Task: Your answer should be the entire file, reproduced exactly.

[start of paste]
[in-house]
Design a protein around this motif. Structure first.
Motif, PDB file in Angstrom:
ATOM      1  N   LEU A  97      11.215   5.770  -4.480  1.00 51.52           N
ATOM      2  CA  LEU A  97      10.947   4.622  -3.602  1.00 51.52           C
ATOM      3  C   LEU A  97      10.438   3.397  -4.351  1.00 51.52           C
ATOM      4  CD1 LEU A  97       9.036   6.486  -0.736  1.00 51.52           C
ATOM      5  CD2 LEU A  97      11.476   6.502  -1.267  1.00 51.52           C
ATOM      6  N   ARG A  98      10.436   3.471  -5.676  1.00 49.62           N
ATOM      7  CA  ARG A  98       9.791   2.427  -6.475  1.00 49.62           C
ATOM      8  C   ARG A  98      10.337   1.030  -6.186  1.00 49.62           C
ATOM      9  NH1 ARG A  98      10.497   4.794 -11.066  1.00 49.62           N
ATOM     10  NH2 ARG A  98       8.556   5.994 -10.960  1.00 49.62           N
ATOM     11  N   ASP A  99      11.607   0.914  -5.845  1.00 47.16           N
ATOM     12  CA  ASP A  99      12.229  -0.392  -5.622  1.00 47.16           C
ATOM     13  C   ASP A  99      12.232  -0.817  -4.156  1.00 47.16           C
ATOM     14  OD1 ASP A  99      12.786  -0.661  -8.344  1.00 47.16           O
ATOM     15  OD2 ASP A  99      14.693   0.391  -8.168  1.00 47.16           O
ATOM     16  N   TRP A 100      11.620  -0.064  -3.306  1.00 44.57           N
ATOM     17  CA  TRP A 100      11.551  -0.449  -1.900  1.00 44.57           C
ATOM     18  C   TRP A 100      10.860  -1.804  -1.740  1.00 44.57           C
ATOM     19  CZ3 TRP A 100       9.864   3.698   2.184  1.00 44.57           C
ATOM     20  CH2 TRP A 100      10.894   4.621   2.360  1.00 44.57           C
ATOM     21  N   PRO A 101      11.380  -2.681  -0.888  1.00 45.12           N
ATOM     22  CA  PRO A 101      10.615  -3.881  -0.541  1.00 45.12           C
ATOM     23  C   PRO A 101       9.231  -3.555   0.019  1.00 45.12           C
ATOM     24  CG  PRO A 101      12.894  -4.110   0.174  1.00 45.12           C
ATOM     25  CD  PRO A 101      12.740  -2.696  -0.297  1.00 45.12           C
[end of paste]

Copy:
[in-house]
Design a protein around this motif. Structure first.
Motif, PDB file in Angstrom:
ATOM      1  N   LEU A  97      11.215   5.770  -4.480  1.00 51.52           N
ATOM      2  CA  LEU A  97      10.947   4.622  -3.602  1.00 51.52           C
ATOM      3  C   LEU A  97      10.438   3.397  -4.351  1.00 51.52           C
ATOM      4  CD1 LEU A  97       9.036   6.486  -0.736  1.00 51.52           C
ATOM      5  CD2 LEU A  97      11.476   6.502  -1.267  1.00 51.52           C
ATOM      6  N   ARG A  98      10.436   3.471  -5.676  1.00 49.62           N
ATOM      7  CA  ARG A  98       9.791   2.427  -6.475  1.00 49.62           C
ATOM      8  C   ARG A  98      10.337   1.030  -6.186  1.00 49.62           C
ATOM      9  NH1 ARG A  98      10.497   4.794 -11.066  1.00 49.62           N
ATOM     10  NH2 ARG A  98       8.556   5.994 -10.960  1.00 49.62           N
ATOM     11  N   ASP A  99      11.607   0.914  -5.845  1.00 47.16           N
ATOM     12  CA  ASP A  99      12.229  -0.392  -5.622  1.00 47.16           C
ATOM     13  C   ASP A  99      12.232  -0.817  -4.156  1.00 47.16           C
ATOM     14  OD1 ASP A  99      12.786  -0.661  -8.344  1.00 47.16           O
ATOM     15  OD2 ASP A  99      14.693   0.391  -8.168  1.00 47.16           O
ATOM     16  N   TRP A 100      11.620  -0.064  -3.306  1.00 44.57           N
ATOM     17  CA  TRP A 100      11.551  -0.449  -1.900  1.00 44.57           C
ATOM     18  C   TRP A 100      10.860  -1.804  -1.740  1.00 44.57           C
ATOM     19  CZ3 TRP A 100       9.864   3.698   2.184  1.00 44.57           C
ATOM     20  CH2 TRP A 100      10.894   4.621   2.360  1.00 44.57           C
ATOM     21  N   PRO A 101      11.380  -2.681  -0.888  1.00 45.12           N
ATOM     22  CA  PRO A 101      10.615  -3.881  -0.541  1.00 45.12           C
ATOM     23  C   PRO A 101       9.231  -3.555   0.019  1.00 45.12           C
ATOM     24  CG  PRO A 101      12.894  -4.110   0.174  1.00 45.12           C
ATOM     25  CD  PRO A 101      12.740  -2.696  -0.297  1.00 45.12           C